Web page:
• 3D palinspastic reconstructions of the highly extended Death Valley terrain, from the southern Sierra Nevada to Las Vegas, Nevada: 3D reconstructions are being made at various time steps between ~14 Ma and the present, and will serve as input to a forward geodynamic-hydrologic model that predicts surface evolution and sedimentation and groundwater flow during the tectonic evolution of the area. These predictions will be tested against spring water chemistry and subsurface residence times, as well as biological diversity and endemism of spring fish, snails and microbes. NMT Co-PIs include Fred Phillips (lead PI), Jolante van Wijk, John Wilson, plus professors and students at UNLV, Purdue, Desert Research Institute and University of the Pacific. This project supports three NMT PhD students and one Postdoctoral Researcher. Support from NSF Integrated Earth Systems Program.
  • Extensional tectonics of the Great Kavir (Desert), central Iran: Thermochronology ( 40 Ar/ 39 Ar on biotite, muscovite amphibole and K-feldspar multi-domain diffusion modeling) applied to the footwall of a normal-sense detachment fault system shows that large-magnitude extension occurred in this part of Iran in Late Cretaceous time, earlier than exhumation of other known metamorphic core complexes in Iran. Stratigraphic relationships suggest that extension continued to Eocene time as part of a regionally developed extensional system. PhD research of Ahmad Malekpour-Alamdarie. Collaboration with Matt Heizler of the New Mexico Bureau of Geology.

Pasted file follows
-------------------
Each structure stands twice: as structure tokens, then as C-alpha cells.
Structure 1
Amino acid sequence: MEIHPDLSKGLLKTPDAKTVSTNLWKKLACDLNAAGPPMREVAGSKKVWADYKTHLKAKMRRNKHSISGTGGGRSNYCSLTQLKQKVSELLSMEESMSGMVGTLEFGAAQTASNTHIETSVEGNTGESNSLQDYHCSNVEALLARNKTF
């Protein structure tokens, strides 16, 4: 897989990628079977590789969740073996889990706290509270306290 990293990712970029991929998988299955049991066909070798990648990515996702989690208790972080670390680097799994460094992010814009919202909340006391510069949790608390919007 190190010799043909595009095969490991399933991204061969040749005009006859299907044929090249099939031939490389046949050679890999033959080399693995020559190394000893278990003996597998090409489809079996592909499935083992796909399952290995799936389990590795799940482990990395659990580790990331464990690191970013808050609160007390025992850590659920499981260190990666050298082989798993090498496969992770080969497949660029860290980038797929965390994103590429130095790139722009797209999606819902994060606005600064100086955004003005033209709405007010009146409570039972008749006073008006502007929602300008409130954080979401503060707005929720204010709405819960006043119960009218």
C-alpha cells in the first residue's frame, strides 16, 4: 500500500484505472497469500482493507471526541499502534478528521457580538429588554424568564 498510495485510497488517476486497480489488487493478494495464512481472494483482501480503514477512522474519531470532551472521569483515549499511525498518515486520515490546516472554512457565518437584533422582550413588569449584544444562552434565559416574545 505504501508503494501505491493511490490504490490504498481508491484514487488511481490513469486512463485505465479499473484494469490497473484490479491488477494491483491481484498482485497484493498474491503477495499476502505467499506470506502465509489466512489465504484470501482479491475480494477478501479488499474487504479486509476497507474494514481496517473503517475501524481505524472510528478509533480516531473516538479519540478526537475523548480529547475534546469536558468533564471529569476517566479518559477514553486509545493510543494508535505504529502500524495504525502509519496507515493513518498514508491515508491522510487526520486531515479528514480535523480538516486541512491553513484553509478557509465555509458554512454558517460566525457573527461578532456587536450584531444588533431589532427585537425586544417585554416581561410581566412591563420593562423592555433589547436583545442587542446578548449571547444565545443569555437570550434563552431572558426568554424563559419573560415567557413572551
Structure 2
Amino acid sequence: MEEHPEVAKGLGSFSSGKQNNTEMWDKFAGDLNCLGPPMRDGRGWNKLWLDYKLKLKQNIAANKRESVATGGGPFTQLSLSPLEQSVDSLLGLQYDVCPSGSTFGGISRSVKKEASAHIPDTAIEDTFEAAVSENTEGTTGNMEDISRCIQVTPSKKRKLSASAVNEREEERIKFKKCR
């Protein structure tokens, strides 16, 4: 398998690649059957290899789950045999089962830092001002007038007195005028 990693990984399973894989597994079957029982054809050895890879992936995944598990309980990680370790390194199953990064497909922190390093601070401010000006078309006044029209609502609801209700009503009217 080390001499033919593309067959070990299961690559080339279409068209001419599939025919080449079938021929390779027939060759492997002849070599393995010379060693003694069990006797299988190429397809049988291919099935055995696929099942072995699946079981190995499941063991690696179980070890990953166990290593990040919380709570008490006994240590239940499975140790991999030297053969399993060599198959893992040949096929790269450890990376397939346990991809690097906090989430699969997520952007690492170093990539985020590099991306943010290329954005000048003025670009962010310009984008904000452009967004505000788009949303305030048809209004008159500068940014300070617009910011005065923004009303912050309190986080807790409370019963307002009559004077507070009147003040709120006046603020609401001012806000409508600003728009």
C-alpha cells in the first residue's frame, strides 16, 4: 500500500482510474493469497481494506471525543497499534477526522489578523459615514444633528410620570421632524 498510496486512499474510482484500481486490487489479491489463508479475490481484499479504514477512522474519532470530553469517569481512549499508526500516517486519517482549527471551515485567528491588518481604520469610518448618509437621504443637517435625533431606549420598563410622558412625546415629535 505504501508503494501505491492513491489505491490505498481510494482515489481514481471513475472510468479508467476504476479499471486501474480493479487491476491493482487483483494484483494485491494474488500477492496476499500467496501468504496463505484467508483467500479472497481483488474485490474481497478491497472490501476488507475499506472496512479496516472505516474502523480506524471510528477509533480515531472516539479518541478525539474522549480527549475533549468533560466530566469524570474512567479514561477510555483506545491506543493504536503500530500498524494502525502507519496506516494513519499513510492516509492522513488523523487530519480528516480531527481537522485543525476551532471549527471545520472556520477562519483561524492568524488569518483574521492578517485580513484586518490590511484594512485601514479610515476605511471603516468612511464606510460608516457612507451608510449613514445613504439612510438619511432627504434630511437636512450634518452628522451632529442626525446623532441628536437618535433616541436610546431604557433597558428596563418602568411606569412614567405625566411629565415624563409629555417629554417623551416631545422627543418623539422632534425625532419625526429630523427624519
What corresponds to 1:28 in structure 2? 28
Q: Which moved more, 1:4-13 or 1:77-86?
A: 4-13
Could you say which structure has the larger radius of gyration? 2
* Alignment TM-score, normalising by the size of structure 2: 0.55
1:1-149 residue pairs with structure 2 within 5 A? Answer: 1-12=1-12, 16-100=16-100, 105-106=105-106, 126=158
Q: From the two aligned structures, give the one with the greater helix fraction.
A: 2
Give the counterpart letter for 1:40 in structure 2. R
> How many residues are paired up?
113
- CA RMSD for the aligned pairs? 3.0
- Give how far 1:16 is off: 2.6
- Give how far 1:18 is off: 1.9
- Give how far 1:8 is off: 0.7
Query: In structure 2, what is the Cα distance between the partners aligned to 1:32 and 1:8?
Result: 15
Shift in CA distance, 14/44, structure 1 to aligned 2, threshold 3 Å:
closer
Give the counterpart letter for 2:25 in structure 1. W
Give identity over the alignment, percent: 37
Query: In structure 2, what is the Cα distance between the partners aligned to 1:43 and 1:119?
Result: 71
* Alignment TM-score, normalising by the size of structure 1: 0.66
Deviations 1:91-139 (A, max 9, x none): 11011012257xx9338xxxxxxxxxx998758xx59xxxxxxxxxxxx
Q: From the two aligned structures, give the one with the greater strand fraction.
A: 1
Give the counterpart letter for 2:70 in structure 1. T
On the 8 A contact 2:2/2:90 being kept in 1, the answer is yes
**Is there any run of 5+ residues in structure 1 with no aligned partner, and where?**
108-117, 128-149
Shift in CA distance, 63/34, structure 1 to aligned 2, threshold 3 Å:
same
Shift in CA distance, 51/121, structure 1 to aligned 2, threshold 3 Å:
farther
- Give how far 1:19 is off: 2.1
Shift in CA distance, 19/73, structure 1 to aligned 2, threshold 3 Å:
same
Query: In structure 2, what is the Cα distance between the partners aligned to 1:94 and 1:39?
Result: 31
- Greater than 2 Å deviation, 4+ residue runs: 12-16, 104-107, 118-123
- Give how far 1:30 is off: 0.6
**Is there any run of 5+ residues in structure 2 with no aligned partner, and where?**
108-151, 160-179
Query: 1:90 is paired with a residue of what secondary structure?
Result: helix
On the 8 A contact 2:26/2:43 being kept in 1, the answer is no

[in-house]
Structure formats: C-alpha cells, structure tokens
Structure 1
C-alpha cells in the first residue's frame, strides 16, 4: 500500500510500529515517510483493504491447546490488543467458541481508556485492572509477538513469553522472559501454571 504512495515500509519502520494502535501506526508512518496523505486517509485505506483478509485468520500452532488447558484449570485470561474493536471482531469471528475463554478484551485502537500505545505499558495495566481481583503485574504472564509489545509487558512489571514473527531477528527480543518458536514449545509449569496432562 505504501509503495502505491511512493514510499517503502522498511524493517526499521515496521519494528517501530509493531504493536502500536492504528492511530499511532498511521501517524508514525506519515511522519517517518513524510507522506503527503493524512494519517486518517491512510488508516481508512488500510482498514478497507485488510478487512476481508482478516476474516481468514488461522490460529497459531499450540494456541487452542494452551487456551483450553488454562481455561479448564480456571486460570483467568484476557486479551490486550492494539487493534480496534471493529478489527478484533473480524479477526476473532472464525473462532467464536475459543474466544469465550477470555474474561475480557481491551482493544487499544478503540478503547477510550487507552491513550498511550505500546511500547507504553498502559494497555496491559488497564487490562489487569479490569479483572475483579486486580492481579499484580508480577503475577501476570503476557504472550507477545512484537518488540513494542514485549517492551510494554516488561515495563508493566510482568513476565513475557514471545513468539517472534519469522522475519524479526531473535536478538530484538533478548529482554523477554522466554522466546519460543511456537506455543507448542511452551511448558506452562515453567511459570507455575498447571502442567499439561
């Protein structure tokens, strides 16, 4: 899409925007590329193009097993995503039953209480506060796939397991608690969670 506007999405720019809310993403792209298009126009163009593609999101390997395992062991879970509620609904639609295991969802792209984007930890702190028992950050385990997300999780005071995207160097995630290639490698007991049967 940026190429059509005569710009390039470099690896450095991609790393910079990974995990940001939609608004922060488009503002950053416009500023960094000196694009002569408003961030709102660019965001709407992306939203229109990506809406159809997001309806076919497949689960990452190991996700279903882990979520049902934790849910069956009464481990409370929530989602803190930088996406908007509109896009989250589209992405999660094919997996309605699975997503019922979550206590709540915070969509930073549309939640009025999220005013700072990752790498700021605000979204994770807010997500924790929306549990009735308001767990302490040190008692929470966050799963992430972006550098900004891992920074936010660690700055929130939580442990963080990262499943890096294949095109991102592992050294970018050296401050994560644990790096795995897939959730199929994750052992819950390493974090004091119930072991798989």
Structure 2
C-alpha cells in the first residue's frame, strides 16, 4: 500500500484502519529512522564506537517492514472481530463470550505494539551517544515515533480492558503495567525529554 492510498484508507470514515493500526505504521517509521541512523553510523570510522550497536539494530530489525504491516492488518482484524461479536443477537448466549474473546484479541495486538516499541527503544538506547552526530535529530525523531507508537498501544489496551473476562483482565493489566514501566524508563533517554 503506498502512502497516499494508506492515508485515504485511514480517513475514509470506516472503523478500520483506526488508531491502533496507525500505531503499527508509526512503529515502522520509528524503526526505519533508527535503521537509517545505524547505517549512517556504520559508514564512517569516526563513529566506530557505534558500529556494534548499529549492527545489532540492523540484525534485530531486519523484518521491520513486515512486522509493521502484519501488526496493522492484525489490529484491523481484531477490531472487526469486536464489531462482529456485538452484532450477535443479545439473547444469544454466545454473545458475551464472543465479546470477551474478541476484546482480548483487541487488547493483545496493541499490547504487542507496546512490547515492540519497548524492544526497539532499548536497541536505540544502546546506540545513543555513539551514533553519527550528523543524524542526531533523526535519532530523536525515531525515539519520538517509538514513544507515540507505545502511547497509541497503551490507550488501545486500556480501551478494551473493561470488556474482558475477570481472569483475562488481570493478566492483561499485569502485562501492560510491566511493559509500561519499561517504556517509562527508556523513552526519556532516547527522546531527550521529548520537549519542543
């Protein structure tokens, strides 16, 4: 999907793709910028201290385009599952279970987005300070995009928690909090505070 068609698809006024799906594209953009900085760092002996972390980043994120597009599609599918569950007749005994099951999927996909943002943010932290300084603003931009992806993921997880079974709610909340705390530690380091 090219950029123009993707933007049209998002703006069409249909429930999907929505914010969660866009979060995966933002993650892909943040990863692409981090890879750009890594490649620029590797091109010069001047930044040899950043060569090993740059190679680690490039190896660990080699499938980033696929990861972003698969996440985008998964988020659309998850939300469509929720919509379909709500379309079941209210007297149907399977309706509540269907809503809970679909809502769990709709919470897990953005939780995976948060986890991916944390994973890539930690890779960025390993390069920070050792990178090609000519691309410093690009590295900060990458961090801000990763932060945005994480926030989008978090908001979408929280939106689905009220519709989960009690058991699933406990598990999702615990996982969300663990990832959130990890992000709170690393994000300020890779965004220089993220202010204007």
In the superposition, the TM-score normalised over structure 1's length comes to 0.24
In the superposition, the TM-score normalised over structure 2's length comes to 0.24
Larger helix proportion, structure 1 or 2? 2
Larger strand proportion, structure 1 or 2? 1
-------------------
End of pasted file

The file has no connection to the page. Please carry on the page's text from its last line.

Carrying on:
• Large-magnitude gravity-slide tectonics, Sawtooth Mountains, New Mexico: Remnant klippen of one or more gravity-driven sheets record motion on an(?) allochthon, originally at least several tens of square kilometers in area, underlain by a zone of soft-sediment deformation ~50-100 m thick. Sediments involved are coarse, volanogenic sandstones and conglomerates of the alluvial apron from a mid-Cenozoic andesitic stratovolcano. We use detailed geologic mapping and cliff-mapping of the klippen (most exposures are on cliffs) in conjunction with structural measurements and outcrop- to thin-section-scale structural observations to determine if sliding occurred in a single or multiple events, catastrophically or slowly, and to determine the direction(s) of sliding, which will help to understand the cause(s) of the gravity-driven tectonics. M.S. thesis of Jeff Dobbins, co-advised by Steve Cather of the New Mexico Bureau of Geology, and M.S. project of Michael Chirigos.
  • Decollement tectonics of Laramide and Rio Grande Rift age: Paleozoic rocks east of Socorro, in an area of thousands of square kilometers in size, are detached along Permian evaporite-rich strata and display structures mainly consistent with internal extension and top-east motion of the upper plate. Folds in the decollement zone are cut by dikes of ~32 Ma age and both folds and dikes are cut by ramp-flat low-angle faults with younger-on-older stratigraphic separation. These faults controlled local deposition in a volcanic-sedimentary half graben. It appears that the decollements formed in front of (in the footwall of) a Laramide uplift, and were reactivated during Rio Grande rift time.  Undergraduate research of Santiago Flores and M.S. project of Mark Green, co-advised by Steve Cather of the New Mexico Bureau of Geology.